NOAA reports unusual amount of marine mammal deaths near Skagway

One sea lion was shot

The National Oceanic and Atmospheric Administration says it’s been a deadly year for marine mammals around Skagway, much more so than any other year.


NOAA reports that carcasses of two Steller sea lions and three harbor seals have been discovered since January; one was shot. Public Affairs Officer Julie Speegle said this is an unusually high number, as the database shows only two deaths have been previously recorded in the area since the early 1990s: a Steller sea lion in 2003 then a harbor seal in 2004.

“So the fact that we found five is highly unusual,” she said.

NOAA Assistant Special Agent-in-Charge Ron Antaya agreed. He said the deaths are being investigated by agents in the Juneau office. He welcomes input from the community to help solve the mystery.

“One Steller sea lion appears to have died from illness,” NOAA National Marine Fisheries Service’s Aleria Jensen, marine mammal stranding coordinator for the Alaska Region, said in a release. “The other Steller sea lion and the three harbor seals showed signs of trauma to the head indicative of marine mammal-human interaction.”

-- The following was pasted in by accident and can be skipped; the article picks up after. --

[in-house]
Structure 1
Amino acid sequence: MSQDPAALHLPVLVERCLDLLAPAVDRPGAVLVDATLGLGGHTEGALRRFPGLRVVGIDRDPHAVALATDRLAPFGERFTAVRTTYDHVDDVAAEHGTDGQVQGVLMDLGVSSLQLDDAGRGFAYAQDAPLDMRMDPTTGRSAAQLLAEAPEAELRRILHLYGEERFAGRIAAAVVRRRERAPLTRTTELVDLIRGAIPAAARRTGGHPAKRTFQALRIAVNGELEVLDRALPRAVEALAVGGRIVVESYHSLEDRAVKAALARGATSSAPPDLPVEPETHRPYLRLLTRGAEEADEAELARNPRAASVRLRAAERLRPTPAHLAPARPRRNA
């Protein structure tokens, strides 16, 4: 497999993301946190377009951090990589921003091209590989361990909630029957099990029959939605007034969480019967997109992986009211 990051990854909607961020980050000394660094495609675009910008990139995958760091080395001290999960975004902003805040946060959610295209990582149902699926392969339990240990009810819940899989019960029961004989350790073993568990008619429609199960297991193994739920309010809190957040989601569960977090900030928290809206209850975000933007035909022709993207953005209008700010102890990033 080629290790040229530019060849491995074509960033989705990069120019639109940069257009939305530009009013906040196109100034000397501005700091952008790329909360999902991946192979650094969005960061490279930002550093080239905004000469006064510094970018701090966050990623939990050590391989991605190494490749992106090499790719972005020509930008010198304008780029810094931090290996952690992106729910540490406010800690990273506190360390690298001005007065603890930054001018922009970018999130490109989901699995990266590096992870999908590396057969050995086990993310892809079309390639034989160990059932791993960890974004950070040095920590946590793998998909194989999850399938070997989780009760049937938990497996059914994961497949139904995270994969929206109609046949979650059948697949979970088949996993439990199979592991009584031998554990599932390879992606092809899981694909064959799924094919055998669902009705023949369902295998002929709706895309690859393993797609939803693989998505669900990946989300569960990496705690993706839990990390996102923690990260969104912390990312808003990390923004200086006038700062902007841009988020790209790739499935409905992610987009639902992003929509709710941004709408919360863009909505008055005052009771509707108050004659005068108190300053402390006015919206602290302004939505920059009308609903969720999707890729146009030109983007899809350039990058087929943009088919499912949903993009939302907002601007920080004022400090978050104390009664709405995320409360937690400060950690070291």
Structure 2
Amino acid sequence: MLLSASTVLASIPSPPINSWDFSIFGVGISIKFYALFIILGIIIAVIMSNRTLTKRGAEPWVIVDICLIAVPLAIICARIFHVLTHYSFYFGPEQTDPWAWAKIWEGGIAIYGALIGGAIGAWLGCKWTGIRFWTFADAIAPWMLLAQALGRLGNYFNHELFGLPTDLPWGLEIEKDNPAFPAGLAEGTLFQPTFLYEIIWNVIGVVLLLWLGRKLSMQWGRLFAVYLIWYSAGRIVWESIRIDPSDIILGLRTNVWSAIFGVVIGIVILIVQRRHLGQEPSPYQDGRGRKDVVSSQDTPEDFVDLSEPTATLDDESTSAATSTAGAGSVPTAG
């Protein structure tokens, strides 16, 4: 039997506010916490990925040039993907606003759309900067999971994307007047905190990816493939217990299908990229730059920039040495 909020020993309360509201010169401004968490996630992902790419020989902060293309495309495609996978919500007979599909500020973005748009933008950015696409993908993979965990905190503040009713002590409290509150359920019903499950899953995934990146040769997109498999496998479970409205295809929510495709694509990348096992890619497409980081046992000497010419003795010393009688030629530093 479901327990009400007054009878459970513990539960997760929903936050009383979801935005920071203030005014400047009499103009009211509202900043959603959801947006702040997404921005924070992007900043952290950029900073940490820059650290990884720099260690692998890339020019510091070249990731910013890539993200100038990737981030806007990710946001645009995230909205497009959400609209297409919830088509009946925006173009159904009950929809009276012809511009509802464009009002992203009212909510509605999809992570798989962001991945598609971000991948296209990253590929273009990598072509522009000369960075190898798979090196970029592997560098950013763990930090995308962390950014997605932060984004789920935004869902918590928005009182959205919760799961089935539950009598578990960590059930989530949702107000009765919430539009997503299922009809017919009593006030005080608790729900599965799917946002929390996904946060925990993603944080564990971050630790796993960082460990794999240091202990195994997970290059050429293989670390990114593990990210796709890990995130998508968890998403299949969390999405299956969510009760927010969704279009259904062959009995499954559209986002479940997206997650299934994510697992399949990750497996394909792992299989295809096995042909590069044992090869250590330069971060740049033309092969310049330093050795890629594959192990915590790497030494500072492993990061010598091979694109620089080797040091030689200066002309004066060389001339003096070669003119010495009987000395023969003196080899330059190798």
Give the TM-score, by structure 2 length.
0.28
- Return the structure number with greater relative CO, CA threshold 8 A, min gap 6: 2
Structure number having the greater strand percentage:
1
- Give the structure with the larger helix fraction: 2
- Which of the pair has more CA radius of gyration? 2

Jensen was out of the office Monday, but Speegle said a bullet was recovered from one of the seals. Another had head trauma indicative of a gunshot wound, but no bullet was recovered.

Of the four with trauma, three were found washed ashore in the Skagway area while the other, a pregnant sea lion, was found floating in Nahku Bay.

Speegle said the most recent seal was found on June 1 with its head missing. No necropsy is scheduled.

Antaya said the seals and sea lions can only be legally killed or harvested for subsistence purposes in a non-wasteful manner.

“There is never a situation where a fisherman can shoot at or kill a harbor seal or sea lion,” Antaya said. This includes if the mammals get caught in nets or fishing gear. He said fishermen should not try to immediately remove caught animals but call the NOAA Marine Mammal Stranding hotline at (877) 925-7773.

Anyone with information about the marine mammal deaths is encouraged to call the 24-hour NOAA Fisheries Enforcement Hotline at (800) 853-1964 or the local office at 586-7225.

“We’re very concerned,” said Speegle. “We’re just trying to find out more about what may have happened to these animals.”

• Contact reporter Jonathan Grass at 523-2276 or at


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